By LANCE BENZEL
A jury on Monday watched footage of former Colorado Springs police officer Joshua Carrier examining several boys in his school office – some of whom he touched on the genitals.
The nature of the exams – whether routine or exploitative – goes to the heart of shocking allegations against the decorated former officer.
Carrier, 31, faces the potential of life in prison on allegations he fondled 22 children during the 2010-2011 school year at Horace Mann Middle School in Colorado Springs. Defense attorneys say the exams were part of Carrier's responsibility as a volunteer wrestling coach to weigh each wrestler before a competition and to make sure none had communicable skin diseases, such as ringworm.
Prosecutors on Tuesday attacked that notion by playing taped audio calls in which Carrier reacts in shock when asked if he touched genitals.
"Never," Carrier said in a phone call taped by police.
Although students routinely strip for wrestling exams, school policies bar physical touching, authorities say.
The videos were assembled from more than 42,000 deleted images recovered from Carrier's private laptop and strung together with video software. Police seized the computer and other suspicious material after receiving a tip from another agency that Carrier had in the past subscribed to child porn websites.
Police say they identified six boys who were made to strip. Detectives never learned the identities of some other children in the videos, because their faces aren't visible, Colorado Springs police detective Susan Lembergs testified.
Several of the unidentified boys also had their genitals fondled, she said.
Defense attorneys Christopher Decker and Joshua Tolini questioned police about the thoroughness of their investigation – asking why, for example, detectives didn't confront one of the boys who told police that Carrier touched his "junk" when the video shows no such physical contact with the child.
Carrier clearly looks into a camera embedded in his laptop during the exams. He also appears to be typing, though Lembergs said police never learned what – leading Decker to suggest it was a wrestling team spreadsheet.
The jury also heard a series of taped phone calls between Carrier and Nicholas Graham, then a security officer at Mann.
In the calls, police listened in as Graham attempts to get details from Carrier about the exams – and instead gets a mix of reassurances and angry denials.
"You're gonna have people coming out of the woodwork right now, just because of what's going on," said Carrier, claiming to Graham that he had parents' permission to do the skin-checks and weigh-ins.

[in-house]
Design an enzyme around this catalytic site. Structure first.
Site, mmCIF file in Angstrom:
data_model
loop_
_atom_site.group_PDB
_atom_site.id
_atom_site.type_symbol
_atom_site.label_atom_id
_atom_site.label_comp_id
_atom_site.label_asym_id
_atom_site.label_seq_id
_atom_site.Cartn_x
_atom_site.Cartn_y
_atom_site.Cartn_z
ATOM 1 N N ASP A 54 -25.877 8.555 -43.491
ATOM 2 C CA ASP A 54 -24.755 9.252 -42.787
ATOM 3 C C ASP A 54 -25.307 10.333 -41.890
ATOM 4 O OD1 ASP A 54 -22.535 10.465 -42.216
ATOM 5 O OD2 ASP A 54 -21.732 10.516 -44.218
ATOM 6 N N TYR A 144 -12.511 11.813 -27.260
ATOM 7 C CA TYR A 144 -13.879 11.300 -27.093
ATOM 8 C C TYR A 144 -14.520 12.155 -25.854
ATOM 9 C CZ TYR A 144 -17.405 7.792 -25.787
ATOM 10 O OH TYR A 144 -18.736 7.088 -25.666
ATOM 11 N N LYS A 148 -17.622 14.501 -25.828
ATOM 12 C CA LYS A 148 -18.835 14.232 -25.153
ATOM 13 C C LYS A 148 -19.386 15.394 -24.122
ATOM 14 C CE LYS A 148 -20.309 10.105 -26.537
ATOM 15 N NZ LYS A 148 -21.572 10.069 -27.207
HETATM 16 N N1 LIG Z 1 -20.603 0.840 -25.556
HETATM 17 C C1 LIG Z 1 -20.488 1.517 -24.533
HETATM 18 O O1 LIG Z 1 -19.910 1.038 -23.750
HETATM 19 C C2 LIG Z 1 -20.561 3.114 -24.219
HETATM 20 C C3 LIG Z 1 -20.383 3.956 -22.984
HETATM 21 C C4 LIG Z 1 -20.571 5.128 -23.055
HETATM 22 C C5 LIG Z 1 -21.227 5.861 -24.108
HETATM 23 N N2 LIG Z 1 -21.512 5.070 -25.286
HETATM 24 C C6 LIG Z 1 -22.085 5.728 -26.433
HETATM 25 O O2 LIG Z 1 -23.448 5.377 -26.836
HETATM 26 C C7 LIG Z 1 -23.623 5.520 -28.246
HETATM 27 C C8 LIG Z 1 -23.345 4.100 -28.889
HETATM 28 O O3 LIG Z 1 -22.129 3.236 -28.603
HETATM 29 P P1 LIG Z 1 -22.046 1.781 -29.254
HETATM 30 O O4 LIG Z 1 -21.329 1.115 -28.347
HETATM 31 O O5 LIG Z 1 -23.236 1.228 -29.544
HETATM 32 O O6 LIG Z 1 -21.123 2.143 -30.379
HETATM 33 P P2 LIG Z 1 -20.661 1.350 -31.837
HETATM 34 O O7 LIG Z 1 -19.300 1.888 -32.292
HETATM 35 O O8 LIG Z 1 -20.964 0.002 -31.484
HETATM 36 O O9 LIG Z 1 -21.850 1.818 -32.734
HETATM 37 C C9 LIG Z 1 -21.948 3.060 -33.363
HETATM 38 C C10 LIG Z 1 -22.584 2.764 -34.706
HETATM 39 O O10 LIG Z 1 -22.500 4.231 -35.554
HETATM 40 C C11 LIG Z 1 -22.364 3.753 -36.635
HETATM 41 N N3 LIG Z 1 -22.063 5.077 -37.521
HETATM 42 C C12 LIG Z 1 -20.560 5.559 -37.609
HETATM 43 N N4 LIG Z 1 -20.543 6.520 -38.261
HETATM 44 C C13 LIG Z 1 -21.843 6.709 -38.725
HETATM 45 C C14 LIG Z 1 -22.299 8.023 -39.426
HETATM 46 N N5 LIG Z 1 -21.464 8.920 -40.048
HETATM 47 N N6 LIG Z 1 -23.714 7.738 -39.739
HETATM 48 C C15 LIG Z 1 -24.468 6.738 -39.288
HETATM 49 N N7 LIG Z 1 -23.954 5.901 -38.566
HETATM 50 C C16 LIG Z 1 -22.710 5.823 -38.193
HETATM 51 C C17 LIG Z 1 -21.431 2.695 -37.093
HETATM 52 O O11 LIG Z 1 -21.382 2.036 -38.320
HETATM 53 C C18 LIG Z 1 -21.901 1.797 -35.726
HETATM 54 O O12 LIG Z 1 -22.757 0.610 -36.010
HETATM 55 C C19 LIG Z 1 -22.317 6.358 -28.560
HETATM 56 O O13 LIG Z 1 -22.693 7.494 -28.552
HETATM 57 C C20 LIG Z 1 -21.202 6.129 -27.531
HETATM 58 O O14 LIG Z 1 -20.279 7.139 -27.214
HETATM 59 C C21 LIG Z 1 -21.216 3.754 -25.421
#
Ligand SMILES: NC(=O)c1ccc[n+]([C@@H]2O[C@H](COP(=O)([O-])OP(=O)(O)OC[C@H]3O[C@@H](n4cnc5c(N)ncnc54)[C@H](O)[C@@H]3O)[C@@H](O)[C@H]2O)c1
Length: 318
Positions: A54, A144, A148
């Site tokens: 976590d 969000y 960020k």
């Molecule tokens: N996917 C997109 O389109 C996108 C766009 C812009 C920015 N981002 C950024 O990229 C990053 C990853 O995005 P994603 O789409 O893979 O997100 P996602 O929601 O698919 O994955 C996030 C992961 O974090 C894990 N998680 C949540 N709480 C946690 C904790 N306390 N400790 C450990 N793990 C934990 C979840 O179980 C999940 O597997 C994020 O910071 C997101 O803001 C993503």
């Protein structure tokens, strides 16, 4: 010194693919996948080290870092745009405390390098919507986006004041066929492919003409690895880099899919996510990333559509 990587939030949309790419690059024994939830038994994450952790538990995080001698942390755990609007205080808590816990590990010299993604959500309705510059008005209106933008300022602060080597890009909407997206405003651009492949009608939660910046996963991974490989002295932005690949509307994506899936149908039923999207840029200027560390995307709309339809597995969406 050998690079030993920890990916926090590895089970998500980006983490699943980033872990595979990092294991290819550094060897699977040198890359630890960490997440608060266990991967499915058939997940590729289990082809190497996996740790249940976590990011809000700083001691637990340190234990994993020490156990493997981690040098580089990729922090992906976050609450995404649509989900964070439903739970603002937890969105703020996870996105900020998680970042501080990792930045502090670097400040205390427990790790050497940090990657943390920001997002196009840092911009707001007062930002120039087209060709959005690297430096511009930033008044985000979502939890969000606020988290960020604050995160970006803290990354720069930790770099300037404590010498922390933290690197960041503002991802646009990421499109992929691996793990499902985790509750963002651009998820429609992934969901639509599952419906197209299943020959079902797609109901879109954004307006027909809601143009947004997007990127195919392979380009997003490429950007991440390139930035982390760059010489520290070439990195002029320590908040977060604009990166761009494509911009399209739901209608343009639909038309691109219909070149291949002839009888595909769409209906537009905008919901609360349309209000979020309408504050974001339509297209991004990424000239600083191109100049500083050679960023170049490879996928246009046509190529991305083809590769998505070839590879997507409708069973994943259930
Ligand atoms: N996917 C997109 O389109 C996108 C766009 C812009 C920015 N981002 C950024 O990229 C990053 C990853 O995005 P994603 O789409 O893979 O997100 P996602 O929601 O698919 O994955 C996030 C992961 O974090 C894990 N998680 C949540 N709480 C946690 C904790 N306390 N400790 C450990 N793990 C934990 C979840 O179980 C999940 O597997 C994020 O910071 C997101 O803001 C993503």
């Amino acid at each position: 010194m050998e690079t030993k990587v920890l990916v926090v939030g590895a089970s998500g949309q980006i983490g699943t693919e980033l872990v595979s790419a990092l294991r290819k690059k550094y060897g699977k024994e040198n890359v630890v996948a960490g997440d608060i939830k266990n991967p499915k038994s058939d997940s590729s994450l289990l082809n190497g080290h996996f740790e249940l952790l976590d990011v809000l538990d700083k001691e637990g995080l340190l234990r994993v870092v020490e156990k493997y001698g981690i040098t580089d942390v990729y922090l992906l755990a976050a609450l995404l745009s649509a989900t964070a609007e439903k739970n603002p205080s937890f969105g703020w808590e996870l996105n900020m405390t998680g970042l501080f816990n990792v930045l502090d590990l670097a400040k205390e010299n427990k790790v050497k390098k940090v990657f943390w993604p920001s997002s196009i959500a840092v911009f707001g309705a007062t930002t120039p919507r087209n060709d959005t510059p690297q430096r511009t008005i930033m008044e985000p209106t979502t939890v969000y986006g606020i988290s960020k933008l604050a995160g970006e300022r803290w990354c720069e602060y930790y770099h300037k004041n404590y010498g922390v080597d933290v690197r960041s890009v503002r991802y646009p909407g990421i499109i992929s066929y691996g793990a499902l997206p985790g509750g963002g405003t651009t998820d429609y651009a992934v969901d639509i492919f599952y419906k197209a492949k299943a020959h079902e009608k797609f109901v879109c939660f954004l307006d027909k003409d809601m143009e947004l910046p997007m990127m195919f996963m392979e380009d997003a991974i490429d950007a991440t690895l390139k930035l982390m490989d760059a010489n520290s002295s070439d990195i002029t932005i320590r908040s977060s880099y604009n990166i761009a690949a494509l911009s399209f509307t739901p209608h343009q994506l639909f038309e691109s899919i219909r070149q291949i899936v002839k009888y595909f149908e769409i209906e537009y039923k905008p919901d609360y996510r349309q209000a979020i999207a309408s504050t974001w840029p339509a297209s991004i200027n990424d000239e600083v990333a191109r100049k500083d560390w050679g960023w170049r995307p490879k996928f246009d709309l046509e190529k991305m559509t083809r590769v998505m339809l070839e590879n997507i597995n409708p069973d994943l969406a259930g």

Carrier called the students' claims part of a "witch hunt".
The students' allegations of being sexually abused by Carrier emerged one day after police announced his May 11 arrest on suspicion of possessing child pornography.
"The bottom line is, when I'm found not-guilty of this, I'm not going to be able to work in Colorado Springs," he said on tape.
When Graham called back a day later, Graham was crying – or pretending to. Graham's tears faded fast as he again pushed for details, this time more aggressively. Carrier quickly referred him to his attorney.
Graham worked with Carrier at the then-officer's side businesses, including a commercial haunted house in the Pikes Peak region and a DJing business, Lembergs said. After Carrier's arrest, Graham was transferred to a new school
Police witnesses also testified about DVDs and images found among Carrier's belongings, including known child pornography.
The defense questioned detectives over whether Carrier or another computer user might have been redirected to an illicit website while surfing legal pornography. They also suggested police wrongly labeled some of the DVDs as illegal – asking police about an advisory on one so-called nudist video that claimed the images were innocent and offered this proviso: "Nude is not lewd."
The video showed girls ages 10 to 14 in a nude beauty pageant, police said.
Police detective Adam Romine drew several laughs from the jury while reacting skeptically to the defense's questions.
Romine noted that "Puberty Education for Boys and Girls" depicted children having sex.
"It involves juveniles," he said. "To me, that's kind of a red flag."
Even if Carrier mistakenly came into possession of child pornography, he had a legal duty as an officer to report the material to his chain-of-command, police say.
Carrier is a former school-resource officer who volunteered nearly 1,000 hours of his own time after being switched back to patrol.
He resigned in June as police were in the process of having him fired.
Testimony is expected to continue at 8:30 a.m. Tuesday.